Fri, 04 May 2018
The festival opens at St Nicolas’ Church with a newly-commissioned work played by the renowned Philharmonia Orchestra under the baton of Edward Gardner (below), recognised as one of the most talented conductors of his generation. Bringing the fortnight of musical excellence to a close, on the third Saturday, an all-Mozart finale, with Bournemouth Symphony Orchestra, featuring Newbury’s very own, home-grown Spring Festival Chorus, themselves celebrating their 20th anniversary.
The orchestral concerts always open and close the festival at St Nicolas’ Church. On May 12, the exciting young cellist Sheku Kanneh-Mason will play the Elgar Cello Concerto with the Philharmonia Orchestra conducted by Edward Gardner.
The Bournemouth Symphony Orchestra and soloists close the festival with the great Mass in C minor by Mozart, which will also feature the Newbury Festival Chorus.
There is also a concert in the middle of the festival which sees the return of the great pianist John Lill, who will play Beethoven Piano Concerto No 1 with festival first-timers Flanders Symphony Orchestra.
To mark the forthcoming centenary of the birth of the American composer and conductor Leonard Bernstein (pictured below), musical director Jason Carr and West End star Sophie-Louise Dann come to Combe Manor to celebrate the musical superman with an evening exploring his life and times.
Bernstein was as happy working on the Broadway stage as he was the great concert halls of the world. The evening will be compèred by broadcaster Edward Seckerson, who conducted one of the last major interviews with Bernstein before his death.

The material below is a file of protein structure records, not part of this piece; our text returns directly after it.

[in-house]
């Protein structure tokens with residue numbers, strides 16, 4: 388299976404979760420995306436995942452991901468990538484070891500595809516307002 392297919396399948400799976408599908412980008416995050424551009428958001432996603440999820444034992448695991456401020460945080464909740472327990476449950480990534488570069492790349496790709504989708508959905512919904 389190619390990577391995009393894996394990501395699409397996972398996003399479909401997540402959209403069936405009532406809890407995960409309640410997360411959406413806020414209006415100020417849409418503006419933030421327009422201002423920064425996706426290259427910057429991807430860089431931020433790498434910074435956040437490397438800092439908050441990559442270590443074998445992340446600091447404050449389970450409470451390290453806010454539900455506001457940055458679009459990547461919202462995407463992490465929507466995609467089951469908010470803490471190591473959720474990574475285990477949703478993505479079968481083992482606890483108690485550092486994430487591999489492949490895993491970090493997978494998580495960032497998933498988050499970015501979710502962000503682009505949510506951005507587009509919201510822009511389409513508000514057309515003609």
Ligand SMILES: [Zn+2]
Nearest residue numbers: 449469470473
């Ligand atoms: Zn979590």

It will feature songs from West Side Story, Candide and On The Town.
Piccadilly Dance Orchestra
An evening of glitz and glamour will have you dancing in the aisles when the Piccadilly Dance Orchestra (below) open the Corn Exchange programme on May 12.
Celebrating its 30th year, this leading jazz orchestra presents its Anniversary Gala Concert, transporting you back to the Charleston of the 1920s and the classic songs of the 30s. You will be able to hear timeless classics by Cole Porter, Irving Berlin and George Gershwin among others.
There is nothing like choral music to heighten the senses and there is a feast of it at the festival this year. In addition to Sansara at St Martin’s Church, East Woodhay, Ex Cathedra (below) will be returning with a special 40-part programme of music from both Elizabethan Ages at Douai Abbey.
One of the greatest masterpieces of all time, the Bach Mass in B minor will be performed at Holy Cross Church in Ramsbury by baroque collective Solomon’s Knot, who perform the work from memory without a conductor. On the final night in St Nicolas’ Church you can hear the Mozart Mass in C minor, one of the composer’s greatest works.
Come and Sing
Everybody, young and old, is welcome to sing Gilbert and Sullivan’s HMS Pinafore on Sunday, May 20. In the first half, from the comfort of your seat, you will rehearse well-known songs, before being joined by costumed soloists for a performance in the second half. Anything can happen… and often does.
Concerts for children and families
There are concerts for children of all ages. The very young always enjoy Sound Beginnings where, in a relaxed environment lasting
just under an hour, they are introduced to the ballet Romeo and Juliet by Prokofiev, arranged for two pianos and engagingly narrated by Richard Morris. Older children might enjoy Travelling by Tuba, where they can enjoy a voyage through the weird and wonderful world of this fascinating instrument. The cabaret act Graffiti Classics is popular for all ages with their hilarious all-singing, all-dancing show.
Joe Stilgoe returns to Newbury with a show devoted to one of his greatest heroes – Gene Kelly.
He celebrates the output of the man who revolutionised not only dance on screen, but also screen musicals. Joe will perform popular songs from musicals such as Singin’ in The Rain and An American in Paris.
Kabantu are a group from Mancester who put together different sounds from around the world in a creative and imaginary way. Rewriting the rule book, they might take vocal harmonies from South Africa and mix them with Celtic reels and Brazilian samba and yet still create an exuberant and joyful sound.